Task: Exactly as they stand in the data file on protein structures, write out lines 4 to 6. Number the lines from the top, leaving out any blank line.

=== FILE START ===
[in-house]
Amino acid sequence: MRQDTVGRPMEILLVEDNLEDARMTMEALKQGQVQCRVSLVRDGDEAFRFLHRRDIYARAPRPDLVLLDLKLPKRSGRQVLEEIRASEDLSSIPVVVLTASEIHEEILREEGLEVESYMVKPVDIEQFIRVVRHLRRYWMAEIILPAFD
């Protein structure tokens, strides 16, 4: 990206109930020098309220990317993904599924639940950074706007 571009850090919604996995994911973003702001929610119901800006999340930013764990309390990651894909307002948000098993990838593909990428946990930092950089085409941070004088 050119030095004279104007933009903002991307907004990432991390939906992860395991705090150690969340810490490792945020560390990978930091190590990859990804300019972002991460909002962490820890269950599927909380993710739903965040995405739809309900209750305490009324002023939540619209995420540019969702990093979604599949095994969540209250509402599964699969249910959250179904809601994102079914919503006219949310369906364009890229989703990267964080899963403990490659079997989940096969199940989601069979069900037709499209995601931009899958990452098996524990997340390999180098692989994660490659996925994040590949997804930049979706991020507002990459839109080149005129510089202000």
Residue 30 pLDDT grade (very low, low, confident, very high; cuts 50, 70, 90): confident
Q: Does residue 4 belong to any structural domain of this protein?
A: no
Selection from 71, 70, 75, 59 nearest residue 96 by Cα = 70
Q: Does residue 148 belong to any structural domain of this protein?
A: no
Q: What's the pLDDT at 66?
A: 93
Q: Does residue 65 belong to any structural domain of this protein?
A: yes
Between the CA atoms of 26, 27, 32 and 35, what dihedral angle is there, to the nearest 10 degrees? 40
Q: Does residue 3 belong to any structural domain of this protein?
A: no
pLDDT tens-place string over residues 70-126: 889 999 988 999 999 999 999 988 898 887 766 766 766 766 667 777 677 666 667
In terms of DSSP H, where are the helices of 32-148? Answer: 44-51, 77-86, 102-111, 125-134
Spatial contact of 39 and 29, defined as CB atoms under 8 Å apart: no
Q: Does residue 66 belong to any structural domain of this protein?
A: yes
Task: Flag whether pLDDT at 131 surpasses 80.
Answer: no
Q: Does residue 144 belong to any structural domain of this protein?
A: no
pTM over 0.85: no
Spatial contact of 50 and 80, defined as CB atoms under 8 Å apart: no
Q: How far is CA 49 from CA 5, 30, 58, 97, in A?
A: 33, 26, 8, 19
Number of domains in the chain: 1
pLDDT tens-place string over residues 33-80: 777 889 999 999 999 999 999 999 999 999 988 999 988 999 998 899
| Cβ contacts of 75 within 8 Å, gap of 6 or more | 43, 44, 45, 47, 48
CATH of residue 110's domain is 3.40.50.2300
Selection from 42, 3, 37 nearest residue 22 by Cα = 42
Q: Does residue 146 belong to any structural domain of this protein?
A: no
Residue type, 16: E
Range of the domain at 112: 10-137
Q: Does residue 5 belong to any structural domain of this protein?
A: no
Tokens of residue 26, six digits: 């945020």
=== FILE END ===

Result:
Residue 30 pLDDT grade (very low, low, confident, very high; cuts 50, 70, 90): confident
Q: Does residue 4 belong to any structural domain of this protein?
A: no